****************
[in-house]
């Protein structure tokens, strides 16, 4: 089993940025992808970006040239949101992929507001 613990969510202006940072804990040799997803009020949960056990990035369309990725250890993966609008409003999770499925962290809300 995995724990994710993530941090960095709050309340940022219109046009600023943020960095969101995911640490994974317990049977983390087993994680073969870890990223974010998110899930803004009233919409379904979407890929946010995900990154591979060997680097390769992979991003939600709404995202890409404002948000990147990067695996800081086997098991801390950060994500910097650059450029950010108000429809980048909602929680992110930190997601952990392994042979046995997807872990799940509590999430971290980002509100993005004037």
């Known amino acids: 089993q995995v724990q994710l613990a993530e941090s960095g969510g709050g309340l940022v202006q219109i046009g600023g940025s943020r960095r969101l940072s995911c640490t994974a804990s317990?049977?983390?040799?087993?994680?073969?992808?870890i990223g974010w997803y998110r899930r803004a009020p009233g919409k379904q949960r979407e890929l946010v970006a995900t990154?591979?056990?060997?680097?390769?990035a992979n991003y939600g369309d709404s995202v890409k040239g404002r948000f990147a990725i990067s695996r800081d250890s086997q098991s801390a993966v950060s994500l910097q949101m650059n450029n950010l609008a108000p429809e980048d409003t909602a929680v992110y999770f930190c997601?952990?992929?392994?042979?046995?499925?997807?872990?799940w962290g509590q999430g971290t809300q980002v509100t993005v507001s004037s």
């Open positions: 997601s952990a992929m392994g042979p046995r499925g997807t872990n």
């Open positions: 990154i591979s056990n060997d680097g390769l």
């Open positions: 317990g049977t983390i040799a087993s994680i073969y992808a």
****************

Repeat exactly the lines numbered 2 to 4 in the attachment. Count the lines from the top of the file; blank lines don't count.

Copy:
């Protein structure tokens, strides 16, 4: 089993940025992808970006040239949101992929507001 613990969510202006940072804990040799997803009020949960056990990035369309990725250890993966609008409003999770499925962290809300 995995724990994710993530941090960095709050309340940022219109046009600023943020960095969101995911640490994974317990049977983390087993994680073969870890990223974010998110899930803004009233919409379904979407890929946010995900990154591979060997680097390769992979991003939600709404995202890409404002948000990147990067695996800081086997098991801390950060994500910097650059450029950010108000429809980048909602929680992110930190997601952990392994042979046995997807872990799940509590999430971290980002509100993005004037």
């Known amino acids: 089993q995995v724990q994710l613990a993530e941090s960095g969510g709050g309340l940022v202006q219109i046009g600023g940025s943020r960095r969101l940072s995911c640490t994974a804990s317990?049977?983390?040799?087993?994680?073969?992808?870890i990223g974010w997803y998110r899930r803004a009020p009233g919409k379904q949960r979407e890929l946010v970006a995900t990154?591979?056990?060997?680097?390769?990035a992979n991003y939600g369309d709404s995202v890409k040239g404002r948000f990147a990725i990067s695996r800081d250890s086997q098991s801390a993966v950060s994500l910097q949101m650059n450029n950010l609008a108000p429809e980048d409003t909602a929680v992110y999770f930190c997601?952990?992929?392994?042979?046995?499925?997807?872990?799940w962290g509590q999430g971290t809300q980002v509100t993005v507001s004037s």
């Open positions: 997601s952990a992929m392994g042979p046995r499925g997807t872990n």